Exploring human freeze responses to a threat stressor

Norman B. Schmidt*, J. Anthony Richey, Michael J. Zvolensky, Jon K. Maner

*Corresponding author for this work

Research output: Contribution to journalArticlepeer-review

76 Scopus citations


Despite the fundamental nature of tonic immobility in anxiety responses, surprisingly little empirical research has focused on the "freeze" response in humans. The present report evaluated the frequency and predictors of a freeze response in the context of a biological challenge. A nonclinical sample (N=404) underwent a 20-s inhalation of 20% CO2/balance O2. Perceptions of immobility in the context of the challenge were reported in 13% of the sample, compared with 20% reporting a significant desire to flee. Subjective anxiety and panic during the challenge were associated with the freeze response, as were a number of anxiety symptom dimensions.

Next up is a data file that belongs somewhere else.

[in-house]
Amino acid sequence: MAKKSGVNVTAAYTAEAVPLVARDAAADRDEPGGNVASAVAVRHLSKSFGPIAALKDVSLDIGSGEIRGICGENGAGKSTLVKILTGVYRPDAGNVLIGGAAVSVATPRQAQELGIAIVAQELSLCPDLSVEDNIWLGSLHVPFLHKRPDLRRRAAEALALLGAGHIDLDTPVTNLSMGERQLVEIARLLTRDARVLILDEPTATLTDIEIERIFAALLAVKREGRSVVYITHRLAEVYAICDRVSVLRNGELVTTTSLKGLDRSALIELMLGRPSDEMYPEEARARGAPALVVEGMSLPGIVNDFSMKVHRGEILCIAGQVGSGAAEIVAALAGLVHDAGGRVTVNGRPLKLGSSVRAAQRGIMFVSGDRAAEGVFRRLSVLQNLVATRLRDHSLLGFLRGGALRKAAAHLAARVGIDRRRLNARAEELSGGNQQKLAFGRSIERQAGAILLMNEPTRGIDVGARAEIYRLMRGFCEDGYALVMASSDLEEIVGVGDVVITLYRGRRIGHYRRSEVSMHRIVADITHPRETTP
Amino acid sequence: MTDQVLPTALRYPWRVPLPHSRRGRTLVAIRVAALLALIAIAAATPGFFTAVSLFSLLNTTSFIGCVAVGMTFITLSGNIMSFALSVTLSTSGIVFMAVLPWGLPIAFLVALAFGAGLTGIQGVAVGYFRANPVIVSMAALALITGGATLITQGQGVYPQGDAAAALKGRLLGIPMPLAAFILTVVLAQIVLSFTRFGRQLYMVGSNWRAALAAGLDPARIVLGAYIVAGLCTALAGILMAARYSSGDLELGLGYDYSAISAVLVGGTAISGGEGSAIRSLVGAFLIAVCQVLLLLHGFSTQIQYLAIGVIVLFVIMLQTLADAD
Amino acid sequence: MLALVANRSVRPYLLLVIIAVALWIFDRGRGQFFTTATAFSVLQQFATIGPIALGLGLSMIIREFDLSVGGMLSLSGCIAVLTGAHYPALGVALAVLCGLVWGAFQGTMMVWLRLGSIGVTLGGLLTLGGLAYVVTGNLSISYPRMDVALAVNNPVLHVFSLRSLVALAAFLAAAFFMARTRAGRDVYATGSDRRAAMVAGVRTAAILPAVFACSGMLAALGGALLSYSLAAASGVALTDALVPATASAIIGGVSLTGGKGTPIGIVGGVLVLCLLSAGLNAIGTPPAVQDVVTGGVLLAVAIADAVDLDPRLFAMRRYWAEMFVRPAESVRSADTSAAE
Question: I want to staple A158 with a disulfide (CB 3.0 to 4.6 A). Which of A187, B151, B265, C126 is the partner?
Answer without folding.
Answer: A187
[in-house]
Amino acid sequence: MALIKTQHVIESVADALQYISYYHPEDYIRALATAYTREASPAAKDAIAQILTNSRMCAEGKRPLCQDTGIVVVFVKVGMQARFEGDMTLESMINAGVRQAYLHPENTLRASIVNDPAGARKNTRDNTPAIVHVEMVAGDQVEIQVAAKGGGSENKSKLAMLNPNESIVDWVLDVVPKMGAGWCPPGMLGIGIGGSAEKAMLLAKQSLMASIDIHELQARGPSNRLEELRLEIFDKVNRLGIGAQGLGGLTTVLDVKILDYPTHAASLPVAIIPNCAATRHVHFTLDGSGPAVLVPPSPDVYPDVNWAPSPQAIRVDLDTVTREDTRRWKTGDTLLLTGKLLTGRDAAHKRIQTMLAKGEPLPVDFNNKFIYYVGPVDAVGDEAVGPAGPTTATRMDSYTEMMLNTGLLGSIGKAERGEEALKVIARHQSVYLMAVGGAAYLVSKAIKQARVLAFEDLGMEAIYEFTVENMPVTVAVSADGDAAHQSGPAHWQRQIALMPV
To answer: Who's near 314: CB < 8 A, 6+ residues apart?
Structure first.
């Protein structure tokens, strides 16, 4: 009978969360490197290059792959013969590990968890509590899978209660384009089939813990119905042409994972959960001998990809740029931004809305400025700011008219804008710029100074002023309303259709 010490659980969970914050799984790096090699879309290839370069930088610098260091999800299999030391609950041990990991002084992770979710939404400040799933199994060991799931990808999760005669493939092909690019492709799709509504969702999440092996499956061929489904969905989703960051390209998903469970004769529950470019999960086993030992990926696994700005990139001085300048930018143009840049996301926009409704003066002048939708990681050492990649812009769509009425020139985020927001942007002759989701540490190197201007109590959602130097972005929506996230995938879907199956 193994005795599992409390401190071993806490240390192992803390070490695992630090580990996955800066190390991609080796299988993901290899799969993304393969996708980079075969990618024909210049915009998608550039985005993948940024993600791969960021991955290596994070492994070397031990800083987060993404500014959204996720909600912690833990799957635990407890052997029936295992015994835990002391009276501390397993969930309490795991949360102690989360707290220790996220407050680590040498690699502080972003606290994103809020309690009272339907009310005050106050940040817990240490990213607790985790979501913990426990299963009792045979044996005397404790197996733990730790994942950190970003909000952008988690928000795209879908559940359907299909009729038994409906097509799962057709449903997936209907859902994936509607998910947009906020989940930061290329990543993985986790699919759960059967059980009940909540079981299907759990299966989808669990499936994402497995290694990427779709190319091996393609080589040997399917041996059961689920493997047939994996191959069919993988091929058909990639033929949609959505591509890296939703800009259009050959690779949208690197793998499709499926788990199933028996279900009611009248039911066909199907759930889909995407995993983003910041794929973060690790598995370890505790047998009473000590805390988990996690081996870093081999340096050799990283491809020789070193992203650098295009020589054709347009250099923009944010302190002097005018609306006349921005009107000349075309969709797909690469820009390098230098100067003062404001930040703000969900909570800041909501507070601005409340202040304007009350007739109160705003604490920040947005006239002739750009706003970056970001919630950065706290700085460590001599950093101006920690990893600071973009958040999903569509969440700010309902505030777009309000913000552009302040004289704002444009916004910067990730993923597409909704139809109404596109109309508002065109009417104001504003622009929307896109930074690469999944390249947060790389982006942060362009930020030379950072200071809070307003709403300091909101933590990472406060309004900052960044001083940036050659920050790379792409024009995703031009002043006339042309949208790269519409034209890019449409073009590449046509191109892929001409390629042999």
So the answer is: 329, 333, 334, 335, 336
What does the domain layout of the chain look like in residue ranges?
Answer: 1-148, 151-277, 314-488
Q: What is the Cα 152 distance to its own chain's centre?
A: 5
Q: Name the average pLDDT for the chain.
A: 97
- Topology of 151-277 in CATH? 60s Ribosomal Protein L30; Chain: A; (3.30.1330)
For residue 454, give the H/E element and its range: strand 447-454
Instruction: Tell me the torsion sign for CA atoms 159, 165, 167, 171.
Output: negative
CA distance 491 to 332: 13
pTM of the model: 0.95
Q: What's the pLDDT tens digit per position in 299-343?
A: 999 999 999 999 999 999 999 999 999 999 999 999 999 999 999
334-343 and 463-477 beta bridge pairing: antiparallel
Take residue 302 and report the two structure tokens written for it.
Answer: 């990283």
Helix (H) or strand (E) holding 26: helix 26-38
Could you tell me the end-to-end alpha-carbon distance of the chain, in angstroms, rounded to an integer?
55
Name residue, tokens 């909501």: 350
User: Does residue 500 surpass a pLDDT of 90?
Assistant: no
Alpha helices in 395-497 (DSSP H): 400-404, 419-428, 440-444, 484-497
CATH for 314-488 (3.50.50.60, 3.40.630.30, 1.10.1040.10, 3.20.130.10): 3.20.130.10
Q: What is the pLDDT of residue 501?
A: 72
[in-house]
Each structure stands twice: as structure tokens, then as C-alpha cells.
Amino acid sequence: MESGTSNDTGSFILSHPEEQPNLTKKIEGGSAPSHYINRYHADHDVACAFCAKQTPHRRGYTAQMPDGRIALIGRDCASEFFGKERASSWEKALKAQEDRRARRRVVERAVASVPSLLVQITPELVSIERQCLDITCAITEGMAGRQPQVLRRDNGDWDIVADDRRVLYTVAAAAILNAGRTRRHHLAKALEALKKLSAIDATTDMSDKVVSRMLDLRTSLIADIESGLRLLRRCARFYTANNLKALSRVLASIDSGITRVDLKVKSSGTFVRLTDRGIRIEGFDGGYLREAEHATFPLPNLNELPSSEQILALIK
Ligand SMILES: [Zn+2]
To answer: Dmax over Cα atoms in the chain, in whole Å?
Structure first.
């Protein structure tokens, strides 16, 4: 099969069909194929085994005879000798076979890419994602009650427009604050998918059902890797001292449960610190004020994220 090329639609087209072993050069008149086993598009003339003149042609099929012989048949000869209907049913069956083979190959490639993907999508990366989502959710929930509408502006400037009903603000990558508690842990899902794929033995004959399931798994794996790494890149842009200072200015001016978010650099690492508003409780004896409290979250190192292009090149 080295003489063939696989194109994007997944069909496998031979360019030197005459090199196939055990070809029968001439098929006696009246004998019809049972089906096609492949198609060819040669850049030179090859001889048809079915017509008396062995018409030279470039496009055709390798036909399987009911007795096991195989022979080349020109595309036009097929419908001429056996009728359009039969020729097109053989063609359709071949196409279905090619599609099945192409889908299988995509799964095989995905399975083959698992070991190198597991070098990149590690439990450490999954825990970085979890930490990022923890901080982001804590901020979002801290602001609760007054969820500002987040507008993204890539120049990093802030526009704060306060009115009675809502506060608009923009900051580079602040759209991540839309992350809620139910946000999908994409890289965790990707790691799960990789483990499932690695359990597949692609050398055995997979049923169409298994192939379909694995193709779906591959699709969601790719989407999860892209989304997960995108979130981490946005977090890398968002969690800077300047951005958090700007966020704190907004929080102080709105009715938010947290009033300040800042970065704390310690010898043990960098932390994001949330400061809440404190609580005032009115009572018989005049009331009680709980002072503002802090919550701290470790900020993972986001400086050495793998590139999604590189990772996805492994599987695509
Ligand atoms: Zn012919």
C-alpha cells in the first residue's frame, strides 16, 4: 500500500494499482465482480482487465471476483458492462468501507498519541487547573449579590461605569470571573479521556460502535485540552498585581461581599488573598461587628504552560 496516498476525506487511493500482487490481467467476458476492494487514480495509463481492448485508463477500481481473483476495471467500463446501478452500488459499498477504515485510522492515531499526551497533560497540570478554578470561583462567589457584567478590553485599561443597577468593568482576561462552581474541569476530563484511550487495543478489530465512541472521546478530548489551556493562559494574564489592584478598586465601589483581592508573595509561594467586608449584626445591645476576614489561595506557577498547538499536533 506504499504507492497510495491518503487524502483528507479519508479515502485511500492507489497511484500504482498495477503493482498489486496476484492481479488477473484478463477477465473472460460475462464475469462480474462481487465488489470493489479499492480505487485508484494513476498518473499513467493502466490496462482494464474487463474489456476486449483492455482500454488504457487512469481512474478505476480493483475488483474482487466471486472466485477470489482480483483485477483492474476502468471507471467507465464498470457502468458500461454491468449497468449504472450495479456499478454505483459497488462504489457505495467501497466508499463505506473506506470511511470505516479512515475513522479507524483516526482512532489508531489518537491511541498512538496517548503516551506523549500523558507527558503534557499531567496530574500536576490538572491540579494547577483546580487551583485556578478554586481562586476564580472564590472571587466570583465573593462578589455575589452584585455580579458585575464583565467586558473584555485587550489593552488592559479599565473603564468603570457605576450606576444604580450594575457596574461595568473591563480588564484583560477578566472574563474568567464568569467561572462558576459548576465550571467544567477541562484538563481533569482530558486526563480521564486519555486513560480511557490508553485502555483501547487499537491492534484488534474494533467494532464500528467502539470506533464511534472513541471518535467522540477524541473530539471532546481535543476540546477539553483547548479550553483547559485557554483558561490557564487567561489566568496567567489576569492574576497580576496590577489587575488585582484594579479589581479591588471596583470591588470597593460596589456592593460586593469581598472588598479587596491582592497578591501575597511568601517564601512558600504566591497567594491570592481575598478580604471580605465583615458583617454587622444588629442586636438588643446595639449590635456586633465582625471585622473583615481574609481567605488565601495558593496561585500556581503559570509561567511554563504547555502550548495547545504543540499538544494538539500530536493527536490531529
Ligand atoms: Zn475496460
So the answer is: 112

Original languageEnglish (US)
Pages (from-to)292-304
Number of pages13
JournalJournal of Behavior Therapy and Experimental Psychiatry
Issue number3
StatePublished - Sep 2008


  • Anxiety
  • Carbon dioxide
  • Freeze
  • Panic

ASJC Scopus subject areas

  • Experimental and Cognitive Psychology
  • Arts and Humanities (miscellaneous)
  • Clinical Psychology
  • Psychiatry and Mental health


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